$20bn investment shows “SA has a lot to offer”

Wednesday, February 6, 2019

Since President Cyril Ramaphosa announced his massive investment drive for the country, at least US$20 billion has been amassed.

Last year, the President announced an ambitious plan to attract investment to the country of $100 billion in the next five years. And, in the past few months, this drive has already seen investments pour in to the amount of $20 billion.

The President said this when he addressed day two of the Investing in African Mining Indaba at the Cape Town International Convention Centre on Tuesday. 

The conference is being attended by Heads of State, investors and deal makers from around the world. 

“We have recently returned from the World Economic Forum in Davos and a State visit to India, where we engaged with the investment community on, among other things, South Africa’s ambitious programme to mobilise far greater levels of investment. 

“Our message to international investors is that we are taking practical measures to build an economy that is underpinned by inclusive growth, competitiveness and transformation. 

“This message found practical expression in the inaugural South Africa Investment Conference, which we hosted in October last year. 

“Several companies at the conference made announcements of investments, which amounted to around $20 billion in total,” the President said. 

The investments, President Ramaphosa said, are a clear indication that the South African economy has a lot to offer, and that opportunities for growth are abundant if the country harnesses its areas of comparative advantage and creates an environment conducive to investment. 

“The fact that three of these major investment announcements came from the mining sector gives credence to our view that mining in South Africa is a sunrise industry.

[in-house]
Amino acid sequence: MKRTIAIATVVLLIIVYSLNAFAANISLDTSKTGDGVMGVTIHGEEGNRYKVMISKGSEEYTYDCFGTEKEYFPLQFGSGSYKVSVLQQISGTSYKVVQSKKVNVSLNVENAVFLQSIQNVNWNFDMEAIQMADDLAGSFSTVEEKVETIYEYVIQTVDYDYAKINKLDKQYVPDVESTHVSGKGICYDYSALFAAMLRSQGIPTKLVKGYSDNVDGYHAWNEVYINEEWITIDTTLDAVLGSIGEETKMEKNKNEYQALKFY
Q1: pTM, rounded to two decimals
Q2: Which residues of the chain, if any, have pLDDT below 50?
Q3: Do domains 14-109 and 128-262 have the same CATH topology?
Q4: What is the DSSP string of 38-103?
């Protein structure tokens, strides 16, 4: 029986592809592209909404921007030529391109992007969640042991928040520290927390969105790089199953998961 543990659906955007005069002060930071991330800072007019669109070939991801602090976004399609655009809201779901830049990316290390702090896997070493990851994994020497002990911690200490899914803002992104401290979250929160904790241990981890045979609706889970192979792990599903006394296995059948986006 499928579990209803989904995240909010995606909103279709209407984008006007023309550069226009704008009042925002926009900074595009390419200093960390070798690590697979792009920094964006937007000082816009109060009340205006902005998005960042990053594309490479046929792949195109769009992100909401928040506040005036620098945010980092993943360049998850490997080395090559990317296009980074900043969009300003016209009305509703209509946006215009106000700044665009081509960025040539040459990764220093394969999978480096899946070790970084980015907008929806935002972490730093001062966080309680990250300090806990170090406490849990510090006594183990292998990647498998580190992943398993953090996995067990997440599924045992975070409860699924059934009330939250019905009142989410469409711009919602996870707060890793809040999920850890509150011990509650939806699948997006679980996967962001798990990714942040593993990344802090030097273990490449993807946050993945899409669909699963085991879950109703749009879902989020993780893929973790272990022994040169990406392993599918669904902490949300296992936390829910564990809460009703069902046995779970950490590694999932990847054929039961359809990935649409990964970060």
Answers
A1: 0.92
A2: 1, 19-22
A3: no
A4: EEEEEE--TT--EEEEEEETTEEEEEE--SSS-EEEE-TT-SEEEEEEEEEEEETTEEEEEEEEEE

“We expect that they will make a valuable contribution to accelerated economic growth and greater job creation,” he said. 

With South Africa’s mining industry having a long history that spans over 150 years, the President said the country’s mineral wealth has attracted large capital investments over the decades, resulting in the development of integrated industrial value chains that generate significant value for the economy. 

“South Africa hosts the world’s largest reserves of platinum group metals and manganese, and some of the largest reserves of gold, diamonds, chromite ore and vanadium.  

“As government, we regard the mining industry as a key player in the future growth and development of our economy, with huge potential for exploration, production and beneficiation. 

“It is for this reason that we have prioritised the restoration of a policy and regulatory environment that is stable and predictable. 

“Significant work has been done to remove the uncertainty that held back the development of the industry,” he said. 

Steps being taken to address investor concerns 

The President said, meanwhile, that the country has emerged from a period of strained relations where the courts became the main platform of engagement between the industry and government. 

He said government undertook to hold engagements with the industry because it recognised the critically important role that mining can and must still play in shaping the future of the country.